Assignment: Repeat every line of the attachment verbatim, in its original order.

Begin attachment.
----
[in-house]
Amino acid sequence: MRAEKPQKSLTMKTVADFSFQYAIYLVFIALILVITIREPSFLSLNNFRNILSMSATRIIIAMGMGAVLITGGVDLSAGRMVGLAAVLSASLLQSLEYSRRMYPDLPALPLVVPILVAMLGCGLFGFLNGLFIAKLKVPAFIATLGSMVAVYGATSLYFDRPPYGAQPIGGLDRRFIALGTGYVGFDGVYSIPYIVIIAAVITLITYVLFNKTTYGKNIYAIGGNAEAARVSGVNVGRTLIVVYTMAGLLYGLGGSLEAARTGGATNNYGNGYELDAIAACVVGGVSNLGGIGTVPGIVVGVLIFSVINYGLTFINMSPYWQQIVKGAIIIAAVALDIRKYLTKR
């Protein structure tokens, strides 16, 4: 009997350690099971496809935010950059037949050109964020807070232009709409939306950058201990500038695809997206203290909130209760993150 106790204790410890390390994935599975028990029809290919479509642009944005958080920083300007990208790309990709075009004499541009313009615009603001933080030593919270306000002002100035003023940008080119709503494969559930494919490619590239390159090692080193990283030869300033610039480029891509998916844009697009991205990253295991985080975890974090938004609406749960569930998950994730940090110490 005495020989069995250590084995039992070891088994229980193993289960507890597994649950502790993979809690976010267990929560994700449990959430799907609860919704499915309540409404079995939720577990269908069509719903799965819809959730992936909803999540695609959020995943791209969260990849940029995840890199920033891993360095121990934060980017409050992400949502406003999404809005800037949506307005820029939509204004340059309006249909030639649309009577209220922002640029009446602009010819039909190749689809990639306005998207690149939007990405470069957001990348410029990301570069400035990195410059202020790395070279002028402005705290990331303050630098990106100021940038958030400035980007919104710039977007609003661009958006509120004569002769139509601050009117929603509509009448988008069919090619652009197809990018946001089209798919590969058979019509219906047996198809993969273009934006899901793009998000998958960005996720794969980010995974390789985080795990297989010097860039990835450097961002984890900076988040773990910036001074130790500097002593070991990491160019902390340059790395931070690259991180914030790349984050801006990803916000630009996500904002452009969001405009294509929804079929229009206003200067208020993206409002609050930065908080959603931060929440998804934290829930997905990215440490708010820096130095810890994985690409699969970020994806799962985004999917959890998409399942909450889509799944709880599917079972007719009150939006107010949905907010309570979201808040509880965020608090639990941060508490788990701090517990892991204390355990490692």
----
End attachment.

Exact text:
[in-house]
Amino acid sequence: MRAEKPQKSLTMKTVADFSFQYAIYLVFIALILVITIREPSFLSLNNFRNILSMSATRIIIAMGMGAVLITGGVDLSAGRMVGLAAVLSASLLQSLEYSRRMYPDLPALPLVVPILVAMLGCGLFGFLNGLFIAKLKVPAFIATLGSMVAVYGATSLYFDRPPYGAQPIGGLDRRFIALGTGYVGFDGVYSIPYIVIIAAVITLITYVLFNKTTYGKNIYAIGGNAEAARVSGVNVGRTLIVVYTMAGLLYGLGGSLEAARTGGATNNYGNGYELDAIAACVVGGVSNLGGIGTVPGIVVGVLIFSVINYGLTFINMSPYWQQIVKGAIIIAAVALDIRKYLTKR
């Protein structure tokens, strides 16, 4: 009997350690099971496809935010950059037949050109964020807070232009709409939306950058201990500038695809997206203290909130209760993150 106790204790410890390390994935599975028990029809290919479509642009944005958080920083300007990208790309990709075009004499541009313009615009603001933080030593919270306000002002100035003023940008080119709503494969559930494919490619590239390159090692080193990283030869300033610039480029891509998916844009697009991205990253295991985080975890974090938004609406749960569930998950994730940090110490 005495020989069995250590084995039992070891088994229980193993289960507890597994649950502790993979809690976010267990929560994700449990959430799907609860919704499915309540409404079995939720577990269908069509719903799965819809959730992936909803999540695609959020995943791209969260990849940029995840890199920033891993360095121990934060980017409050992400949502406003999404809005800037949506307005820029939509204004340059309006249909030639649309009577209220922002640029009446602009010819039909190749689809990639306005998207690149939007990405470069957001990348410029990301570069400035990195410059202020790395070279002028402005705290990331303050630098990106100021940038958030400035980007919104710039977007609003661009958006509120004569002769139509601050009117929603509509009448988008069919090619652009197809990018946001089209798919590969058979019509219906047996198809993969273009934006899901793009998000998958960005996720794969980010995974390789985080795990297989010097860039990835450097961002984890900076988040773990910036001074130790500097002593070991990491160019902390340059790395931070690259991180914030790349984050801006990803916000630009996500904002452009969001405009294509929804079929229009206003200067208020993206409002609050930065908080959603931060929440998804934290829930997905990215440490708010820096130095810890994985690409699969970020994806799962985004999917959890998409399942909450889509799944709880599917079972007719009150939006107010949905907010309570979201808040509880965020608090639990941060508490788990701090517990892991204390355990490692």